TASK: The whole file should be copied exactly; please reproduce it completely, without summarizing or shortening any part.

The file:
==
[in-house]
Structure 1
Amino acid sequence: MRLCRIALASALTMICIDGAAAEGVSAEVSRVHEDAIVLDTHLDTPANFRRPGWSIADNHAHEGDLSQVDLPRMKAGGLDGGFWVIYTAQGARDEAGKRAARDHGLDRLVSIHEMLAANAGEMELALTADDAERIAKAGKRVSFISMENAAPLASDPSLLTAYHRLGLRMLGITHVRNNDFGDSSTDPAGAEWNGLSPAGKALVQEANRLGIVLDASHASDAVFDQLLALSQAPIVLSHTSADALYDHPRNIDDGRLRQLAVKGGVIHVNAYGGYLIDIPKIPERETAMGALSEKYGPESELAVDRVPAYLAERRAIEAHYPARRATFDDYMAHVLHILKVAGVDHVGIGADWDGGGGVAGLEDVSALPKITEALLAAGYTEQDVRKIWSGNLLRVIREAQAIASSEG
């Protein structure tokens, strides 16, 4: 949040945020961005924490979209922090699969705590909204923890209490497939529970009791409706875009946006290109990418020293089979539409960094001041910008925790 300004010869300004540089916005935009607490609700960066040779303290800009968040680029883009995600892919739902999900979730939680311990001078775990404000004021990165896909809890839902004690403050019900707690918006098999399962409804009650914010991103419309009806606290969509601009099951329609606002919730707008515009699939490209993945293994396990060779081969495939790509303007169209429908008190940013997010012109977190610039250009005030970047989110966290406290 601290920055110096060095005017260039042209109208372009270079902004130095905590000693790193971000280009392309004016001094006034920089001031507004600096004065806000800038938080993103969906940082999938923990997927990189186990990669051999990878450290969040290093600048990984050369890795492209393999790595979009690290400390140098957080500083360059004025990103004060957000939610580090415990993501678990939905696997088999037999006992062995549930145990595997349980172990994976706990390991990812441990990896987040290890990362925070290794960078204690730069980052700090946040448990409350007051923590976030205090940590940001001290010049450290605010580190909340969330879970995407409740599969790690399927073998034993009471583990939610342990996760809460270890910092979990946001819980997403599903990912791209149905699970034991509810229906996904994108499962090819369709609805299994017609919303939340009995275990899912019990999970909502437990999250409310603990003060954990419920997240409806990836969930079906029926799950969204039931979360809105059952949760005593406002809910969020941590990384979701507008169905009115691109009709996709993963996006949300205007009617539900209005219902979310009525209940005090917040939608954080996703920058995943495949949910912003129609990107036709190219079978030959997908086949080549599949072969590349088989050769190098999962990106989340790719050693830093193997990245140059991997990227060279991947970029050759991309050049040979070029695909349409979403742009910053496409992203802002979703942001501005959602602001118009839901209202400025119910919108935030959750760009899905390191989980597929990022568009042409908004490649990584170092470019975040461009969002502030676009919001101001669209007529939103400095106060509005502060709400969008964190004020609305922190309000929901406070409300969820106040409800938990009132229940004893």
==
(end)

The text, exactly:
[in-house]
Structure 1
Amino acid sequence: MRLCRIALASALTMICIDGAAAEGVSAEVSRVHEDAIVLDTHLDTPANFRRPGWSIADNHAHEGDLSQVDLPRMKAGGLDGGFWVIYTAQGARDEAGKRAARDHGLDRLVSIHEMLAANAGEMELALTADDAERIAKAGKRVSFISMENAAPLASDPSLLTAYHRLGLRMLGITHVRNNDFGDSSTDPAGAEWNGLSPAGKALVQEANRLGIVLDASHASDAVFDQLLALSQAPIVLSHTSADALYDHPRNIDDGRLRQLAVKGGVIHVNAYGGYLIDIPKIPERETAMGALSEKYGPESELAVDRVPAYLAERRAIEAHYPARRATFDDYMAHVLHILKVAGVDHVGIGADWDGGGGVAGLEDVSALPKITEALLAAGYTEQDVRKIWSGNLLRVIREAQAIASSEG
């Protein structure tokens, strides 16, 4: 949040945020961005924490979209922090699969705590909204923890209490497939529970009791409706875009946006290109990418020293089979539409960094001041910008925790 300004010869300004540089916005935009607490609700960066040779303290800009968040680029883009995600892919739902999900979730939680311990001078775990404000004021990165896909809890839902004690403050019900707690918006098999399962409804009650914010991103419309009806606290969509601009099951329609606002919730707008515009699939490209993945293994396990060779081969495939790509303007169209429908008190940013997010012109977190610039250009005030970047989110966290406290 601290920055110096060095005017260039042209109208372009270079902004130095905590000693790193971000280009392309004016001094006034920089001031507004600096004065806000800038938080993103969906940082999938923990997927990189186990990669051999990878450290969040290093600048990984050369890795492209393999790595979009690290400390140098957080500083360059004025990103004060957000939610580090415990993501678990939905696997088999037999006992062995549930145990595997349980172990994976706990390991990812441990990896987040290890990362925070290794960078204690730069980052700090946040448990409350007051923590976030205090940590940001001290010049450290605010580190909340969330879970995407409740599969790690399927073998034993009471583990939610342990996760809460270890910092979990946001819980997403599903990912791209149905699970034991509810229906996904994108499962090819369709609805299994017609919303939340009995275990899912019990999970909502437990999250409310603990003060954990419920997240409806990836969930079906029926799950969204039931979360809105059952949760005593406002809910969020941590990384979701507008169905009115691109009709996709993963996006949300205007009617539900209005219902979310009525209940005090917040939608954080996703920058995943495949949910912003129609990107036709190219079978030959997908086949080549599949072969590349088989050769190098999962990106989340790719050693830093193997990245140059991997990227060279991947970029050759991309050049040979070029695909349409979403742009910053496409992203802002979703942001501005959602602001118009839901209202400025119910919108935030959750760009899905390191989980597929990022568009042409908004490649990584170092470019975040461009969002502030676009919001101001669209007529939103400095106060509005502060709400969008964190004020609305922190309000929901406070409300969820106040409800938990009132229940004893």